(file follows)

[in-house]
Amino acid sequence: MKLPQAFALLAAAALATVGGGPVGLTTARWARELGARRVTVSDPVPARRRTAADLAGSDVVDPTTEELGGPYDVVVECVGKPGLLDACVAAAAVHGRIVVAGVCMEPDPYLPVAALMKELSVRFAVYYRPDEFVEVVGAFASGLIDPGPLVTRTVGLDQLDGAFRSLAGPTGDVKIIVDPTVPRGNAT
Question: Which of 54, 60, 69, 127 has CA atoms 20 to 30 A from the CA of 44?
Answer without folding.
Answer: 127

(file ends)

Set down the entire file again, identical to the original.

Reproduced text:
[in-house]
Amino acid sequence: MKLPQAFALLAAAALATVGGGPVGLTTARWARELGARRVTVSDPVPARRRTAADLAGSDVVDPTTEELGGPYDVVVECVGKPGLLDACVAAAAVHGRIVVAGVCMEPDPYLPVAALMKELSVRFAVYYRPDEFVEVVGAFASGLIDPGPLVTRTVGLDQLDGAFRSLAGPTGDVKIIVDPTVPRGNAT
Question: Which of 54, 60, 69, 127 has CA atoms 20 to 30 A from the CA of 44?
Answer without folding.
Answer: 127